Malheur County rail center seen as a boon for economy

By Pat Caldwell

The Enterprise

ONTARIO — The economic impact area for a proposed rail shipping depot in Malheur County will extend across eastern and central Oregon and far into Idaho.

That was one of the new pieces of information delivered Thursday night in Ontario by state Rep. Cliff Bentz as he started planning how to use $26 million in state funds for the project.

The shipping depot would form special trains loaded with area produce that is trucked in. The trains would then head east, cutting time and costs for the local agriculture industry. The depot also would create new jobs.

“This will be a real salvation for our industry,” said Grant Kitamura, general manager of Murakami Produce, a local onion packing firm.

Bentz sponsored the meeting at Fiesta Guadalajara restaurant, giving a slide show regarding the facility to a large group crowded into a conference room.

Bentz said his main goal at the session was to “level expectations because things could change as things move along,” he said.

Right now, though, officials are considering sites – two near Ontario and two near Nyssa – to situate the rail-shipping center, Bentz said.

In one slide, Bentz pointed out how a local rail shipping facility will influence the regional economy. From Burly, Idaho, to Bend, the shipping center will be an economic engine as onions, alfalfa and other products are trucked into the area.

The two big players in the rail facility, Bentz said, are onions and Union Pacific.

The big rail company, Bentz said, is already “very interested” in the shipping facility. Bentz said Greg Smith, Malheur County economic development director, met with Union Pacific representatives Thursday afternoon.

“They will come out here and visit in a few weeks and will be looking at various sites. Where do they fit? We will have to wait and see,” Bentz told the crowd.

The local onion industry, though, is the single biggest player in the proposed shipping depot.

“The entire factory is based around the onion,” said Bentz.

Bentz also said Malheur County is not the only place in Oregon slated to get a rail shipping facility.

The transportation package also includes money for rail centers in Albany and Junction City, Bentz said.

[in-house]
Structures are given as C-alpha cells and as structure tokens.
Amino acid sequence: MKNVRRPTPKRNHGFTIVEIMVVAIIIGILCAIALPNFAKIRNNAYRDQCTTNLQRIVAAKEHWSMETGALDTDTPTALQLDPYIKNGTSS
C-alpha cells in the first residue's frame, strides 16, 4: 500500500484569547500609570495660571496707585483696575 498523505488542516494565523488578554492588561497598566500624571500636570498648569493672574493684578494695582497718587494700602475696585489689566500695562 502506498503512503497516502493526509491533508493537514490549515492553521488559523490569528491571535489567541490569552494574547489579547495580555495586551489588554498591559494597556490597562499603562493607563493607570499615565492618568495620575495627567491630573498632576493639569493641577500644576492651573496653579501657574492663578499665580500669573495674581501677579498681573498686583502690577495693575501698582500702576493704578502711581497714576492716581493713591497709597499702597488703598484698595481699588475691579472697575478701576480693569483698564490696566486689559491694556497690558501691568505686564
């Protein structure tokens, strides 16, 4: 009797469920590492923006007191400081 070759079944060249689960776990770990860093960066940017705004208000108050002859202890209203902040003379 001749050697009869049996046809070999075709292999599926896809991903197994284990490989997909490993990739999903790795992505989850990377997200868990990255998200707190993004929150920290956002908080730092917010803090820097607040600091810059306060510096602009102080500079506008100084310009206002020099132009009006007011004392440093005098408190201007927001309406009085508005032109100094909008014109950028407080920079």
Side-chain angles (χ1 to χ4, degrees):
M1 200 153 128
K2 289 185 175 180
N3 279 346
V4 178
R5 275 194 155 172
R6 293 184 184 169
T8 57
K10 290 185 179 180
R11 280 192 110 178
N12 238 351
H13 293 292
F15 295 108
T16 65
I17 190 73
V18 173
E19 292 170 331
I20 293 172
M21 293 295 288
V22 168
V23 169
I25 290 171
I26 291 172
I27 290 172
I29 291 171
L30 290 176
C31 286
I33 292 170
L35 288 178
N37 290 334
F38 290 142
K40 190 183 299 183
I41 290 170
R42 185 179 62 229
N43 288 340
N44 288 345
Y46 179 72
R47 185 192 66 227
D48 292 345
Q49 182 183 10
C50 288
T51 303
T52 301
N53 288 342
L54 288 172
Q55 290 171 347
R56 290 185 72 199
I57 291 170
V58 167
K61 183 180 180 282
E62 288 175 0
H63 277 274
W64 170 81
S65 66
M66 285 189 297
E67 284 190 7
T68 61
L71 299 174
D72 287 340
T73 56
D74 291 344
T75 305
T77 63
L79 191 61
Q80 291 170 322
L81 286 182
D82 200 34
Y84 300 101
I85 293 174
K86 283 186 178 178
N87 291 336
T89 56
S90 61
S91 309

“Malheur County will get money for its facility first, per the language in the transportation bill,” said Bentz.

However, he said, the timeline for facility is not open-ended.

“By January 2020, the county must submit a plan to the Oregon Transportation Commission. We have to have, at minimum, a plan by then,” said Bentz.

The $26 million will be generated from the sale of lottery bonds, loans repaid by future lottery proceeds. The next bond cycle – when the money can be distributed – is in two years.

That time lag isn’t a problem, Bentz said.

“If we get our act together before then we can borrow the money and pay it back when the bonding cycle arrives,” said Bentz.

For example, he said, money to begin the initial planning – deciding how big the facility will be and what work must be done to upgrade roads, water and sewer infrastructure – could be borrowed from BusinessOregon, the state’s economic development agency.

One probable method to oversee the facility will be for the Malheur County Court to create a non-profit corporation, Bentz confirmed. The court will then create a committee to oversee the selection of the cooperation’s board of directors. The county would own the corporation.

Kitamura said the facility is momentous in its implications for the local economy.

“In the history of Malheur County it is right up there with when the sugar factor came in. It is the obvious answer,” said Kitamura.


Have a news tip? Contact reporter Pat Caldwell at [email protected] or 541-473-3377